Legal aid in the United States is broken. Legal Services Corporation (LSC), the country's primary funder of legal aid organizations, estimates that about half of eligible clients are turned away from the organizations it funds, and about eighty percent of the civil legal needs of low-income Americans remain unmet.
Landesa and FrontlineSMS are delighted to welcome and share the announcement today of a US $1.5m Google Global Impact Award, which will enable them to use mobile technology to transform the way that the government in the Indian state of Odisha helps landless families gain secure rights to their land and homes.
By Sean McDonald. Reposted from the FrontlineSMS:Legal blog
In an unfortunately familiar near-panic, negotiating with a would-be immovable airline desk agent, I learned something about Liberia in specific, and progress in general. Solutions are better than rules and the new will never succeed without building on the old.
I was in Monrovia to attend the first ever Mobile Innovations Conference (MICO), which focused on ways to use mobile phones to augment the work of Liberia’s burgeoning civil society. The Conference, which was hosted by the International Research and Exchanges Board (IREX) and USAID, brought together media organizations from all over the country, election officials, the nation’s largest mobile service provider, USAID, cabinet ministries, civil society representatives, superintendents’ (governors) offices, and a handful of technology organizations. Through presentations and brainstorming sessions (and, as with any conference, lunch), we began to talk about both the opportunities and the challenges that face Liberian civil society.
Liberia is a country that is still hamstrung by the ravages of their civil war. Literacy hovers at 30 percent. The poverty is staggering and pervasive. There is little-to-no infrastructure. The better-off have reliable electricity provided by privately owned generators that run on scarce and expensive fuel. The undersea cable that is hoped to bring an affordable Internet to Liberia won’t make landfall until at least next year. It seems bleak.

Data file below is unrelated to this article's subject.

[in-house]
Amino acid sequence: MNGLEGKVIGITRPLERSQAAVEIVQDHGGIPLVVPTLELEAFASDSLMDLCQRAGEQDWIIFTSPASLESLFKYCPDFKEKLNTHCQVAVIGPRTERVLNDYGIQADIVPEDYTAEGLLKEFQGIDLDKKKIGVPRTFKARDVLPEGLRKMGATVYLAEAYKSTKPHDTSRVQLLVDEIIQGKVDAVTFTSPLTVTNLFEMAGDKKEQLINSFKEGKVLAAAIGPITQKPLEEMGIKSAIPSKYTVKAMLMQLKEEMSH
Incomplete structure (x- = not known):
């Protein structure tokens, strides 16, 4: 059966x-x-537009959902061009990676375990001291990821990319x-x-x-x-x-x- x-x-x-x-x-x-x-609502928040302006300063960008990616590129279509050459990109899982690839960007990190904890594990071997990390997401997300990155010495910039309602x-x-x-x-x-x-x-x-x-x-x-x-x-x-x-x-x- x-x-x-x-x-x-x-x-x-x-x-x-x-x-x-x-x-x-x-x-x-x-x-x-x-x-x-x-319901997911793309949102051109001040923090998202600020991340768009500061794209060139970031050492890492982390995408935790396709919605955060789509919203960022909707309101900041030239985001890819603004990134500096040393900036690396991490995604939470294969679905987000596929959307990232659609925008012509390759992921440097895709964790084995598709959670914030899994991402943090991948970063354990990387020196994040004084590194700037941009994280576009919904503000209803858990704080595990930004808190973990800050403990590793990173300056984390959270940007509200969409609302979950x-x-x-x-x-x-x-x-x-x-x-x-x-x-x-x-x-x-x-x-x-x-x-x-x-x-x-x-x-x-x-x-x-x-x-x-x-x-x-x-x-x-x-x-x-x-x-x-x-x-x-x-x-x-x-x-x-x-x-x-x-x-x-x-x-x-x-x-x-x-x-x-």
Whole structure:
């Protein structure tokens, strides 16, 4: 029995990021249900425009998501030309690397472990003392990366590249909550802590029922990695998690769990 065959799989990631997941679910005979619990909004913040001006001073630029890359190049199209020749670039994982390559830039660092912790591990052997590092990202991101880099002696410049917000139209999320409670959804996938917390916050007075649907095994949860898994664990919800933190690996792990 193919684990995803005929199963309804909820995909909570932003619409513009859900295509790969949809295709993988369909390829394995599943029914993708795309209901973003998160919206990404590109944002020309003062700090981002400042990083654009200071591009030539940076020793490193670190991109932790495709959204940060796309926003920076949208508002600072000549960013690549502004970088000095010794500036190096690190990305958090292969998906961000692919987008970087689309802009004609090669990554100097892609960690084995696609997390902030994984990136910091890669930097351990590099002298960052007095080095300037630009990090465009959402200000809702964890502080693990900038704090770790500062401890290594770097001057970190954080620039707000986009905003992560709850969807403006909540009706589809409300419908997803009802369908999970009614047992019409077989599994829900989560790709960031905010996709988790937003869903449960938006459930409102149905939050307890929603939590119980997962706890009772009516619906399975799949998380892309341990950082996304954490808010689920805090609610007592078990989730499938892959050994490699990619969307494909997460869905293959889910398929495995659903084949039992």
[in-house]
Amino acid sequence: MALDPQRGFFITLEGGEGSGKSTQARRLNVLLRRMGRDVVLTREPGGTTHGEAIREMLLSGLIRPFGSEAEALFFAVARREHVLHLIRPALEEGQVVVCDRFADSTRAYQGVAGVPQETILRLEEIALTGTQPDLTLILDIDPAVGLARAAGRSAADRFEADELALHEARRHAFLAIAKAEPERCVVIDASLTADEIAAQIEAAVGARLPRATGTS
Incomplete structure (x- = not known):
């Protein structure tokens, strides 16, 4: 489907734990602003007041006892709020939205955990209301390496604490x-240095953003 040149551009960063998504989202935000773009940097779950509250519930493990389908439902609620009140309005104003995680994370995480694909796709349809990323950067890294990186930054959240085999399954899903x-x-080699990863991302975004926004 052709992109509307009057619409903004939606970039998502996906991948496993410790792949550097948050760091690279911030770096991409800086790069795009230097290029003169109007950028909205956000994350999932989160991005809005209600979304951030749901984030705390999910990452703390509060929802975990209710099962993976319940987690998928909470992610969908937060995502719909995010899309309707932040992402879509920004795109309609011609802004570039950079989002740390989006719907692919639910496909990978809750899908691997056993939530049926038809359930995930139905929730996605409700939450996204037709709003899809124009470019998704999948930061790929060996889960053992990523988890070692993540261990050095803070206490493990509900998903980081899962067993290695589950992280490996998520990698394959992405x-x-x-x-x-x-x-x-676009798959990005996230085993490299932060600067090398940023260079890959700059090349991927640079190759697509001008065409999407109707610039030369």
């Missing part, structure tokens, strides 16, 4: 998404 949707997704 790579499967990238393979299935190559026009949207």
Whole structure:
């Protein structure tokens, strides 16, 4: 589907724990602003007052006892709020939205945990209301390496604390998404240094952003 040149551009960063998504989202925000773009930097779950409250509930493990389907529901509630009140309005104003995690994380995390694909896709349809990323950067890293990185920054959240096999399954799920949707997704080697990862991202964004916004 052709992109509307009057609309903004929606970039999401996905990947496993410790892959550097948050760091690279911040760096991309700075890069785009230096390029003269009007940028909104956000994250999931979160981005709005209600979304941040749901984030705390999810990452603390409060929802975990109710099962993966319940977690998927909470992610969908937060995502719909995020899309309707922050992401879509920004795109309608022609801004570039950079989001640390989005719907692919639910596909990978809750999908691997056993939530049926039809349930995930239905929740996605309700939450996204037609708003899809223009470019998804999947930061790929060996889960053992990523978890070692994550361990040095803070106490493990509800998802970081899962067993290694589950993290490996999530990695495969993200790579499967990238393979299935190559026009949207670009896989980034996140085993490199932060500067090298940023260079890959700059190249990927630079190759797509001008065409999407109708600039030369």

Just like that day at the airport........(read more on the FrontlineSMS:Legal blog)
By Sean McDonald. Re-posted from FrontlineSMS:Legal blog "Every day, dozens, if not hundreds, of people line up in front of each Justice House, seeking help to resolve life’s challenges. They wait, patiently, for hours, to approach the information desk, where they receive a simple intake form (name, age, gender, address, mobile phone number, cause of complaint, etc.). This form is then handed back to a lone information desk attendant, who dutifully enters all of these details into an Excel spreadsheet (and not the fancy kind), to form a simple list of visitors. Each client is independently referred to the service provider, or providers, best suited to their needs. There, they wait in another line, for the service provider to be available. It is first-come-first-served, because that’s the only way for it to be fair. This process repeats for every client, across every claim, and for every visit.
It is a wonder, with all that waiting, that much of anything gets done... Still, with FrontlineSMS:Legal at each information desk, these Houses could deliver so much more justice. Clients could fill out intake forms and schedule appointments via SMS, saving thousands of hours of wait time a week. Service providers could have a schedule that told them what they were doing when they went to work and show clients the respect of keeping appointments. Read more on the FrontlineSMS:Legal blog